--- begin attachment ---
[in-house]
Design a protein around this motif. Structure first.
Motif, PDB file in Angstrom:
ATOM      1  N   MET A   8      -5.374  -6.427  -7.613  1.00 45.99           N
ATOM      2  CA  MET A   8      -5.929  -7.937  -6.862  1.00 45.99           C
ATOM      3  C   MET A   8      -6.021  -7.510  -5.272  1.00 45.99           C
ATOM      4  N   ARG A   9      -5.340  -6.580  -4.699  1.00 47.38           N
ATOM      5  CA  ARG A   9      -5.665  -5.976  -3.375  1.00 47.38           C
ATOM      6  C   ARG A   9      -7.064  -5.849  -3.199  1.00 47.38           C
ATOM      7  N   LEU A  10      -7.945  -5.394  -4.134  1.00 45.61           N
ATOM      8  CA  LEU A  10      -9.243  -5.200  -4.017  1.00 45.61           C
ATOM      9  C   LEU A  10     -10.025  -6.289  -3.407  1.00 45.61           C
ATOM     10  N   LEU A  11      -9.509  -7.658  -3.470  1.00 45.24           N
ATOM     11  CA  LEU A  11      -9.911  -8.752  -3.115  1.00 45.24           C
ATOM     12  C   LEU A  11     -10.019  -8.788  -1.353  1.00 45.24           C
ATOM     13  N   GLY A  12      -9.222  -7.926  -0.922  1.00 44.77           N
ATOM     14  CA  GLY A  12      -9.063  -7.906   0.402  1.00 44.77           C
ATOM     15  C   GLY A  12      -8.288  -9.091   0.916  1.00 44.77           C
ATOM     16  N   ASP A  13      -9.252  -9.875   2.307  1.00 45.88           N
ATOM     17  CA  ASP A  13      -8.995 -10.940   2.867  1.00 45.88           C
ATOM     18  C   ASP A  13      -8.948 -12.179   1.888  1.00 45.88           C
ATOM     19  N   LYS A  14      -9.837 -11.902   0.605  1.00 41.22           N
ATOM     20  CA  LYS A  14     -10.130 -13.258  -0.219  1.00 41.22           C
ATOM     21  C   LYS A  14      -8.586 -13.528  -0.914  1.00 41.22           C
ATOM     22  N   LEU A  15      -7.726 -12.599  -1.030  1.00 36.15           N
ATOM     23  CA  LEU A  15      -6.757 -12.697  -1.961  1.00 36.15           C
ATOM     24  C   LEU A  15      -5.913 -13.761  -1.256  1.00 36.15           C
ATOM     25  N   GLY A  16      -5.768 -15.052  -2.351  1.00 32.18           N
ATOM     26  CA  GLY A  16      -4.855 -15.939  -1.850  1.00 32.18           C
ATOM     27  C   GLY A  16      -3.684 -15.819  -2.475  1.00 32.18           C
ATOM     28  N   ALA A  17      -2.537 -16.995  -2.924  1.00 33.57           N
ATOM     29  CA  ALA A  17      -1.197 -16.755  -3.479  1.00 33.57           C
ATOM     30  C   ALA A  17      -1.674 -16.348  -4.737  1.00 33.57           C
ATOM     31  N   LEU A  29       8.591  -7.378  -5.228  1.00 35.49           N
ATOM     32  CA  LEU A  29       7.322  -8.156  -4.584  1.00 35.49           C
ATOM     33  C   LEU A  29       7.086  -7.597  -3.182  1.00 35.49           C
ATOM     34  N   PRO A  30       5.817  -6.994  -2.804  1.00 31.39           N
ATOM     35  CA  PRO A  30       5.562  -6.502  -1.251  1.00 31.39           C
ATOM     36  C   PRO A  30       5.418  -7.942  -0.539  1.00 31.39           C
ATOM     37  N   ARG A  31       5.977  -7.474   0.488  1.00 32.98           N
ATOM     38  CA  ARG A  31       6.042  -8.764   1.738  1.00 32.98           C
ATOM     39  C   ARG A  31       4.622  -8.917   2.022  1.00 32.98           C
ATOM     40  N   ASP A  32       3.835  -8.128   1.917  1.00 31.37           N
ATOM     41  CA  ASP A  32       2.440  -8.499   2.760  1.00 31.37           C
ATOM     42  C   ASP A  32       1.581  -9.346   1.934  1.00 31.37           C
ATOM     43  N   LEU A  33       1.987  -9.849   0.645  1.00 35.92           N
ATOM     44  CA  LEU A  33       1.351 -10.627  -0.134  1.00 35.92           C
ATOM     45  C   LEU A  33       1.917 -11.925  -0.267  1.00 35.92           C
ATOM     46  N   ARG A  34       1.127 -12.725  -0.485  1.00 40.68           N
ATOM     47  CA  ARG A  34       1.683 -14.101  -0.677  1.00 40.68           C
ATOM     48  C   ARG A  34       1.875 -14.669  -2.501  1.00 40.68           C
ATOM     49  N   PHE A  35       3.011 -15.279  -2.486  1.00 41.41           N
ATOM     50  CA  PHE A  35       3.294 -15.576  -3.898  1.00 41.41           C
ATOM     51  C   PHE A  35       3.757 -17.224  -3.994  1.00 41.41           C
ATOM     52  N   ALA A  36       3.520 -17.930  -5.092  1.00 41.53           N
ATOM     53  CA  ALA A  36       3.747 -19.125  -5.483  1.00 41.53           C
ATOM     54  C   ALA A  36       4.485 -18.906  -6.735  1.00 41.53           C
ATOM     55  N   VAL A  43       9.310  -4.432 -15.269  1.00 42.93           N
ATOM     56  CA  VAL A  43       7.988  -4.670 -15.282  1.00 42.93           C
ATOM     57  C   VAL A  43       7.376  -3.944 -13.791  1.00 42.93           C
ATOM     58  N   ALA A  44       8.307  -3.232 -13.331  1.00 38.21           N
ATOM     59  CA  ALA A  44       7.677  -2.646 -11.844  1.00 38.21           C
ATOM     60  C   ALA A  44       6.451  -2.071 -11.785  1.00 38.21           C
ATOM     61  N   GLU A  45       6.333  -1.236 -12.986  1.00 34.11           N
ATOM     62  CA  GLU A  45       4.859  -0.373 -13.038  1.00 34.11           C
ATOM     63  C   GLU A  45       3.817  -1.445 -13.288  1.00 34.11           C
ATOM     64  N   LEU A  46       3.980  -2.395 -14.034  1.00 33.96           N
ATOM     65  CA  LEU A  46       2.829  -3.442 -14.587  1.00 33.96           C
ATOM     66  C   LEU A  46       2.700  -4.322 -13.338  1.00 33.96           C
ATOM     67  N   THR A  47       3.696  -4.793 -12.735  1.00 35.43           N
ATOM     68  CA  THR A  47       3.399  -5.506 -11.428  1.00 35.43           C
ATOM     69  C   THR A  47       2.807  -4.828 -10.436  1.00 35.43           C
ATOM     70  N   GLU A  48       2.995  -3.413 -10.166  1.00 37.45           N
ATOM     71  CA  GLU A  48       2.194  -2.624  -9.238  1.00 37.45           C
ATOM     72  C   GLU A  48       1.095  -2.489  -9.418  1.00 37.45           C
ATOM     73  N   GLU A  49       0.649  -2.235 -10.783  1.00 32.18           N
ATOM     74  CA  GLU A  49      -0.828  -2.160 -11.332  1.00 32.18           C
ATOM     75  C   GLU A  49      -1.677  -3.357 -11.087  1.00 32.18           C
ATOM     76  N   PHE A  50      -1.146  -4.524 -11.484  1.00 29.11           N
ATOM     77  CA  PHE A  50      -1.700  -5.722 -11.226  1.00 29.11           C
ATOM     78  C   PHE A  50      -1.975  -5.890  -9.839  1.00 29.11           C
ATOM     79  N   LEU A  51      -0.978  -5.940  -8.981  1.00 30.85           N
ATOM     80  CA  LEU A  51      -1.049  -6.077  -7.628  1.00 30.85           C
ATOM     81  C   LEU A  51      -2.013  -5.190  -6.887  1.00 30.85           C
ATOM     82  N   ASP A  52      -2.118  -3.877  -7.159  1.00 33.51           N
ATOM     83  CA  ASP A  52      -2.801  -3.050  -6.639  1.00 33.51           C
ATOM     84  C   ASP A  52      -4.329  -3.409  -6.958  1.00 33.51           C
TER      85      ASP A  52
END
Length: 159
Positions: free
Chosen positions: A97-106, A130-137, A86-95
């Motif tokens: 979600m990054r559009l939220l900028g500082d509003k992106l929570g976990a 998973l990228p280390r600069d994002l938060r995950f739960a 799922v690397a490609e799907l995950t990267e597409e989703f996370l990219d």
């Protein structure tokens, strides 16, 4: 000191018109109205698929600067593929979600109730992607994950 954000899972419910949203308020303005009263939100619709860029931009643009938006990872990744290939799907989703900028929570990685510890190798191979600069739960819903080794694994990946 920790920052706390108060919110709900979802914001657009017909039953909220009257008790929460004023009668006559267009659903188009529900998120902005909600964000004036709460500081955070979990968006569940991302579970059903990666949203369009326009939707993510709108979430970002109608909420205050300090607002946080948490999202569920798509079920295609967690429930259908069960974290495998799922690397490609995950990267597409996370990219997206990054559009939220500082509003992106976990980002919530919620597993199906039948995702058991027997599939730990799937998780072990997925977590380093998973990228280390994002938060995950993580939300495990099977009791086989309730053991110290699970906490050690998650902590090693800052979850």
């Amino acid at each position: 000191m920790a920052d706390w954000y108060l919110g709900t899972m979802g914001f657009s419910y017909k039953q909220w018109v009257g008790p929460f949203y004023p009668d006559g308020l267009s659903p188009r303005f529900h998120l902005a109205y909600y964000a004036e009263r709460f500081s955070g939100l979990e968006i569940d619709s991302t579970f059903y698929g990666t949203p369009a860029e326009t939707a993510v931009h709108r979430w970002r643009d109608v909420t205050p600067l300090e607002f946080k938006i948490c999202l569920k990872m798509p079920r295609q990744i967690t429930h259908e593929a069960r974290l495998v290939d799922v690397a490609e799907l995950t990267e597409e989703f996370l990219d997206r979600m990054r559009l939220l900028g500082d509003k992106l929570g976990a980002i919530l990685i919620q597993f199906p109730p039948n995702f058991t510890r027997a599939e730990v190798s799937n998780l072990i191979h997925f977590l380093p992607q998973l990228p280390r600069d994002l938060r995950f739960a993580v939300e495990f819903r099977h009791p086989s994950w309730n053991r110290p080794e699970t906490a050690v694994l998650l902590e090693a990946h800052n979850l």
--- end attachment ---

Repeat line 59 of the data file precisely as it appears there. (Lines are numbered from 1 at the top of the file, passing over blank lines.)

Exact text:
ATOM     56  CA  VAL A  43       7.988  -4.670 -15.282  1.00 42.93           C